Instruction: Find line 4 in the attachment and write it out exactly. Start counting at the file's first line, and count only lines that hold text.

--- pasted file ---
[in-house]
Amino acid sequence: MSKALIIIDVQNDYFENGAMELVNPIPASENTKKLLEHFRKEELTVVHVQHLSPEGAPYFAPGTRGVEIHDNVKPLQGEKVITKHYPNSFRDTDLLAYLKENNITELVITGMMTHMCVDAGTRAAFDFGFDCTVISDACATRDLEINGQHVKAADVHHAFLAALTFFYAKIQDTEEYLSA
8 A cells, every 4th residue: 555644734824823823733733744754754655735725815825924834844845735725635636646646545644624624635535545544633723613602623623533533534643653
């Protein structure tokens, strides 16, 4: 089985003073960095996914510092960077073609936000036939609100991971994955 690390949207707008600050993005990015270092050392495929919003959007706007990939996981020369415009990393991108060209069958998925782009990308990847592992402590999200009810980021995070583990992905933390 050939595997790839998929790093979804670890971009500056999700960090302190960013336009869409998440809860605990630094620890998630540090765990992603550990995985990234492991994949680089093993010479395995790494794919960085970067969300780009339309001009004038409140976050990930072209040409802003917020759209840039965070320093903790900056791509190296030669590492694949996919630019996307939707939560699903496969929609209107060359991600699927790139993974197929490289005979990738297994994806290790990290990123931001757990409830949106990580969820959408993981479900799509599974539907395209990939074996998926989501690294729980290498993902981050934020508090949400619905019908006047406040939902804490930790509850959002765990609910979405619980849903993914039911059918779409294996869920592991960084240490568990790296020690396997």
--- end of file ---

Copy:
């Protein structure tokens, strides 16, 4: 089985003073960095996914510092960077073609936000036939609100991971994955 690390949207707008600050993005990015270092050392495929919003959007706007990939996981020369415009990393991108060209069958998925782009990308990847592992402590999200009810980021995070583990992905933390 050939595997790839998929790093979804670890971009500056999700960090302190960013336009869409998440809860605990630094620890998630540090765990992603550990995985990234492991994949680089093993010479395995790494794919960085970067969300780009339309001009004038409140976050990930072209040409802003917020759209840039965070320093903790900056791509190296030669590492694949996919630019996307939707939560699903496969929609209107060359991600699927790139993974197929490289005979990738297994994806290790990290990123931001757990409830949106990580969820959408993981479900799509599974539907395209990939074996998926989501690294729980290498993902981050934020508090949400619905019908006047406040939902804490930790509850959002765990609910979405619980849903993914039911059918779409294996869920592991960084240490568990790296020690396997």